The Thing About Today – February 27

February 27, 2020
Day 58 of 366


February 27th is the fifty-eighth day of the year. It is Independence Day in the Dominican Republic.

In the United States, it is “celebrated” as Anosmia Awareness DayNational Kahlua DayNational Retro DayNational Strawberry DayNational Polar Bear DayNational Chili Day, and National Toast Day.

National Chili Day is typically observed on the fourth Thursday in February, and National Toast Day is typically observed on the last Thursday of February.


Historical items of note:

  • In 380, the Edict of Thessalonica was issued by Emperors Theodosius I, Gratian, and Valentinian II. It declared their wish that all Roman citizens convert to trinitarian Christianity.
  • In 1782, the House of Commons of Great Britain votes against further war during the American Revolutionary War.
  • In 1801, Washington, D.C. was placed under the jurisdiction of the United States Congress pursuant to the District of Columbia Organic Act of 1801.
  • In 1807, poet and educator Henry Wadsworth Longfellow was born.
  • In 1902, journalist, author, and Nobel Prize laureate John Steinbeck was born.
  • In 1922, the Supreme Court of the United States decided in the case of Leser v. Garnett. This was a challenge to the Nineteenth Amendment to the United States Constitution, allowing women the right to vote, and the Court determined that the amendment was constitutionally sound.
  • In 1932, actress and humanitarian Elizabeth Taylor was born.
  • In 1933, the Reichstag fire occurred. The Reichstag was Germany’s parliament building in Berlin, and Marinus van der Lubbe, a young Dutch Communist, claimed responsibility. The Nazis used the fire to solidify their power and eliminate the communists as political rivals.
  • In 1940, Martin Kamen and Sam Ruben discovered carbon-14.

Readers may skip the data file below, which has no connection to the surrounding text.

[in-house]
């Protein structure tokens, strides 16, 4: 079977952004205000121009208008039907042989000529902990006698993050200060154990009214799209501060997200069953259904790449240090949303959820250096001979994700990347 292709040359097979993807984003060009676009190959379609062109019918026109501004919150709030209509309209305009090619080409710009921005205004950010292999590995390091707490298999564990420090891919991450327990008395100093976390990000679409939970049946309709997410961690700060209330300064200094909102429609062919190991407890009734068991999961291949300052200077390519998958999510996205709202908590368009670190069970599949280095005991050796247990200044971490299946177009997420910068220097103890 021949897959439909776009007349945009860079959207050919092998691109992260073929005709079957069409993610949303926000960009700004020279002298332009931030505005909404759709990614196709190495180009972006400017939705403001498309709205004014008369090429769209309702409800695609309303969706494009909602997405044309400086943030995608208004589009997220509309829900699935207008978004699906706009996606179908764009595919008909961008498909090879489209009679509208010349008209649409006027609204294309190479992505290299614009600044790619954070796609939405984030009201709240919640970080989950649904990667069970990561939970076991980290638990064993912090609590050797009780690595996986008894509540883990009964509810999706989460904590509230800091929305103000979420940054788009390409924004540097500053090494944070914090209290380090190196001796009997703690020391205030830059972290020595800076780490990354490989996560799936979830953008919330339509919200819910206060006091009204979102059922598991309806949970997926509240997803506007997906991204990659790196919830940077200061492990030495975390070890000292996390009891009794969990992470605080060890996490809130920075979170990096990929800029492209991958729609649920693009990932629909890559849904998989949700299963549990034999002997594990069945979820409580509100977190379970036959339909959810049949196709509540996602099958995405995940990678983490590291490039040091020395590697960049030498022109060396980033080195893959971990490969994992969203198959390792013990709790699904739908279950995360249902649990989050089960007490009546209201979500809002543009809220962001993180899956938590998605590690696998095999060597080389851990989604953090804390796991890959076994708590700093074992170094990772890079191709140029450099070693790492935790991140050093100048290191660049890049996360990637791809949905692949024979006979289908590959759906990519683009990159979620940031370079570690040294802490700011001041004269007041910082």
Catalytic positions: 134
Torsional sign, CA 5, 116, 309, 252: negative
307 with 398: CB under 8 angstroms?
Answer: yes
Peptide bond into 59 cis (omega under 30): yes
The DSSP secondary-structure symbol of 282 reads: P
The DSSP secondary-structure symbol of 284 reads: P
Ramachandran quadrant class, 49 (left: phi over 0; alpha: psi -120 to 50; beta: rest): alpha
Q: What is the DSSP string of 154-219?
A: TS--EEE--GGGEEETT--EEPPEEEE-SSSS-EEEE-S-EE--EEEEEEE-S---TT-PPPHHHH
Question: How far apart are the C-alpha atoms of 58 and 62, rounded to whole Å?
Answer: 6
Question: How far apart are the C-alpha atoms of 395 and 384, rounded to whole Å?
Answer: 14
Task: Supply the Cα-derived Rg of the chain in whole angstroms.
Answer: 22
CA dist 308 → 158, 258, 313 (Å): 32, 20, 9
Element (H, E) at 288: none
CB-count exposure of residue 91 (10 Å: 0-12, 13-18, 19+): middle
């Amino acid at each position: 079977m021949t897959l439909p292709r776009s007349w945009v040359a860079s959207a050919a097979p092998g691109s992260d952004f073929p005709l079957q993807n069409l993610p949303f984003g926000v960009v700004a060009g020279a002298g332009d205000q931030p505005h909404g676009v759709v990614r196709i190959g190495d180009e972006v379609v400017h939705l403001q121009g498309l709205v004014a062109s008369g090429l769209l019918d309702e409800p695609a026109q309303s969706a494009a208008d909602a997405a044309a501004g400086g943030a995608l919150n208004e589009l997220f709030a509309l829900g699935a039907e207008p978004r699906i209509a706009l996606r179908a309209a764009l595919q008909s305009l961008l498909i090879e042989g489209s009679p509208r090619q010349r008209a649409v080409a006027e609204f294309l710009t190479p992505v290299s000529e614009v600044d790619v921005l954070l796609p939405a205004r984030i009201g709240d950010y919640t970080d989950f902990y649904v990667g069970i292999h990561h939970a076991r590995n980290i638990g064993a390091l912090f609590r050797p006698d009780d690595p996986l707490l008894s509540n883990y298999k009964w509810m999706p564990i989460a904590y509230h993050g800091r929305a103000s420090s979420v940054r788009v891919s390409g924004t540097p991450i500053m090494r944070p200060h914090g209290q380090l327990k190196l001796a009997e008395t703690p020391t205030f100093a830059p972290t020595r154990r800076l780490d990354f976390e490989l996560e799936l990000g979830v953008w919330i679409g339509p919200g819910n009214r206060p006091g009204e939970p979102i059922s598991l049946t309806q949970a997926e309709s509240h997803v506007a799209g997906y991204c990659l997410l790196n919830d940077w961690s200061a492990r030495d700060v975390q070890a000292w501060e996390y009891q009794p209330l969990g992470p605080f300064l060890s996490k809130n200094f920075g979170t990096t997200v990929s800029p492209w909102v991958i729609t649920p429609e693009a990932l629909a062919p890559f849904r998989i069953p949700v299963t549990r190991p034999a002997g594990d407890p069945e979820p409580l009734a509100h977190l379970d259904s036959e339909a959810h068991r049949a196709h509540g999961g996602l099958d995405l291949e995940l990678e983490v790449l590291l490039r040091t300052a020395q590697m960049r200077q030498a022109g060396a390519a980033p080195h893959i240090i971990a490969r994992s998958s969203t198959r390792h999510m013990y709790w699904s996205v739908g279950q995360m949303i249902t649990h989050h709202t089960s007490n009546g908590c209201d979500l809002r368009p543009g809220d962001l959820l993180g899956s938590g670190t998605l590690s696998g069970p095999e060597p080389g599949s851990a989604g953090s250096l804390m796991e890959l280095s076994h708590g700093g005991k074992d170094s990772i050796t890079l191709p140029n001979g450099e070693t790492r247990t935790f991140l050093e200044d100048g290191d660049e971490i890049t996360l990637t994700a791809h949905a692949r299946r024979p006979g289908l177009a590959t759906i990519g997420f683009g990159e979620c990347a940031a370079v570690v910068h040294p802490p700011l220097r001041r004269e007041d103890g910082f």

• In 1951, The Twenty-Second Amendment to the United States Constitution was ratified. This limited United States Presidents to two terms in office.
  • In 1966, actor Donal Logue was born.
  • In 1968, CBS news anchor Walter Cronkite delivered his famous scathing editorial on America’s chances of winning the Vietnam War.
  • In 1983, actress Kate Mara was born.


In 1964, the Government of Italy asked for help to keep the Leaning Tower of Pisa from toppling over.

The Tower of Pisa, a freestanding bell tower of Pisa’s cathedral, is the third oldest structure in the city’s Cathedral Square. It was built in three stages over 199 years from 1173 to 1372, but began to sink shortly after work had progressed to the second floor in 1178. This was due to the foundation (only three meters thick) sinking into the weak and unstable soil. Construction was halted for nearly a century while the Republic of Pisa was almost continually engaged in battles with Genoa, Lucca, and Florence, which allowed time for the soil to settle.

In an attempt to compensate for further tilting, the engineers built the upper floors with one side taller than the other, resulting in a curved tower. Numerous attempts were made over the centuries to prevent the tower from toppling, but most of them either failed or further endangered the tower. In 1964, Italy requested help and welcomed a multinational task force of engineers, mathematicians, and historians to tackle the project. Finally, in May 2008, engineers announced that the tower was stabilized such that it has stopped moving for the first time in history. It is expected to remain stable for the next 200 years.


The Thing About Today is an effort to look at each day of 2020 with respect to its historical context.

For more creativity with a critical eye, visit Creative Criticality.




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